Guest : Sanja Bornman
Cabinet’s security cluster has detailed its plans to deal with gender-based violence and
ongoing xenophobic protests targeting migrants from African countries.
On Tuesday the justice, crime prevention and security (JCPS) cluster — which comprises
11 national departments, including state security, defence, police, and justice —
outlined several interventions to help quell recent violent incidents.
The government said police and the National Prosecution Authority will set up a
committee to look into all cold cases involving sexuall offences and gender-based
Defence Minister Nosiviwe Mapisa-Nqakula said “SAPS has committed to training more
female police officers to deal with victims of crimes against women and children at
station level. This will go a long way in ensuring victims are not subjected to secondary
Guest : Melinda FergusonLISTEN TO PODCAST
Guest : Tim Jeynes
Guest : Mike RussousLISTEN TO PODCAST
Guest : Greg PlayerLISTEN TO PODCAST
Guest : Andrew ThompsonLISTEN TO PODCAST
Guest : Akhona MashayaLISTEN TO PODCAST
Guests : Lauren Joseph & Vashti Prins
Tonight we are honoured to welcome Lauren Joseph & Vashti Prins to the studio, the
ladies are part of the talented cast of actors in the very popular local soapie Suid
Ooster, Lauren plays the role Zoe & Vashti that of Danny.
Guest : Genevieve Chisholm
It was a little after midnight. Genevieve Chisholm rubbed her eyes and headed out to
check on the rescued horse. He was severely malnourished. Feeding him meant waking
up every two hours just so that he could keep up his strength. But saving animals is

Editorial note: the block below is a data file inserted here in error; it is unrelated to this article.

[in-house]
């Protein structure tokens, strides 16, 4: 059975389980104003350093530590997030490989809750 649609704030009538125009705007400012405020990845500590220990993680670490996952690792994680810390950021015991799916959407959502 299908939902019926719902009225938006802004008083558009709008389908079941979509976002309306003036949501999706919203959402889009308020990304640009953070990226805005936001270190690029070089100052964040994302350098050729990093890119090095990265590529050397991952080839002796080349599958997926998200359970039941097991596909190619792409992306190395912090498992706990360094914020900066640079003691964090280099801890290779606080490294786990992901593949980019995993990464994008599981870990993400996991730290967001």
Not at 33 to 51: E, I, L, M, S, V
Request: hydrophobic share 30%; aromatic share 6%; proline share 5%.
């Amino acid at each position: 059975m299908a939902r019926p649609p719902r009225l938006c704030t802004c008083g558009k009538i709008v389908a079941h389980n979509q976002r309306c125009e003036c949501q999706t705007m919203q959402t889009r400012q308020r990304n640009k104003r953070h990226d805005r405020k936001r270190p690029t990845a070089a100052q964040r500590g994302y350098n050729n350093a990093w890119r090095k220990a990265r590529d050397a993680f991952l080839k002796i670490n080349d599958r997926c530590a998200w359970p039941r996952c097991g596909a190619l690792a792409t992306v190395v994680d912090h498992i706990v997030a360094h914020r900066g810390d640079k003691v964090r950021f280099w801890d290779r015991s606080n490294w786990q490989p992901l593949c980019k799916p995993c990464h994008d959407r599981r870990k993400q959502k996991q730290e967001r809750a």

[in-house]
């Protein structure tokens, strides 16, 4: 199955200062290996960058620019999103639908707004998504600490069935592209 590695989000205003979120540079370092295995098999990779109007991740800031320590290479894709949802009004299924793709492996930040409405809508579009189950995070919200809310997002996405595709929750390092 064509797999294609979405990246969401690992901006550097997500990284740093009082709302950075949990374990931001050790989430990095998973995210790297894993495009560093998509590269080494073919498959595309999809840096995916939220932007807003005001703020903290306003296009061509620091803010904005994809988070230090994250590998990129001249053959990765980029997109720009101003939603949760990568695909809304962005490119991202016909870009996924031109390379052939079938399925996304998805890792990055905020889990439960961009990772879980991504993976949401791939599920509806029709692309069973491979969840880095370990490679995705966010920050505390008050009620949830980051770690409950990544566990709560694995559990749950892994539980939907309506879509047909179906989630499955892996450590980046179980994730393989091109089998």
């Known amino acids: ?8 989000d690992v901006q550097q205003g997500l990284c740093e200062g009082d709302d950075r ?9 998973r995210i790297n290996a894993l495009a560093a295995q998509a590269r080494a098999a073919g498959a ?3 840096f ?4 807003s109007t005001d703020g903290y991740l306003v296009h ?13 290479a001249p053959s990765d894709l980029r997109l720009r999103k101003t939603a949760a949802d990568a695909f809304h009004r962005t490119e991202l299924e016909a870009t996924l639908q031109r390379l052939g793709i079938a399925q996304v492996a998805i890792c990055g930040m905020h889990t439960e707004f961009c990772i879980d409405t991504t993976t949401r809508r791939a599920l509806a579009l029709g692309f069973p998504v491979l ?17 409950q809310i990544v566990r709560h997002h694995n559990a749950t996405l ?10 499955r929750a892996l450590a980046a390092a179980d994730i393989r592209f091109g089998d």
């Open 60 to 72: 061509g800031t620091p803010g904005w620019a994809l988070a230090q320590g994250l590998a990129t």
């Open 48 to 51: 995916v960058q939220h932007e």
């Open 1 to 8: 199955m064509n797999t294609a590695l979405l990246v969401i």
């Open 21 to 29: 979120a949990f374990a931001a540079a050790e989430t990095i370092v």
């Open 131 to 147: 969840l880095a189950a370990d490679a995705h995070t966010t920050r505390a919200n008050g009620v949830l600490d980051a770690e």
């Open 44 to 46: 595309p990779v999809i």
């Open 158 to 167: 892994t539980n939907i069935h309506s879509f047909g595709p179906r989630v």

what Chisholm does. She has 1 260 animals in her care – and the number doesn’t stop
At Flag Animal Farm, a rescue centre in Durban, creatures from tiny hamsters to
abandoned rabbits are left on Chisholm’s doorstep every day. Often, they’re from
people who no longer want their pets or who’ve neglected them. “We have saved just
over 14 and a half thousand lives,” Chisholm says. Her on-site vet attends to every
animal when they arrive. For any wild creature that comes to the farm, Chisholm works
closely with the Centre for Rehabilitation of Wildlife to release them. As much as she
can, she chooses not to send a rescue away. “I don’t believe in rehoming,” Chisholm says.
“An animal at Flag Farm is safe for the rest of their lives.”
Despite the large number of creatures under Chisholm’s care, she gives each one a
name and an equal amount of love. “The animals that come here all become part of my
family,” she says. With blind ponies, a three-legged cat, and more than a hundred
bunnies among the cows and goats, she’s created a haven for every type of animal.
“Where there’s breath, there’s hope,” Chisholm says. “And we will fight until the last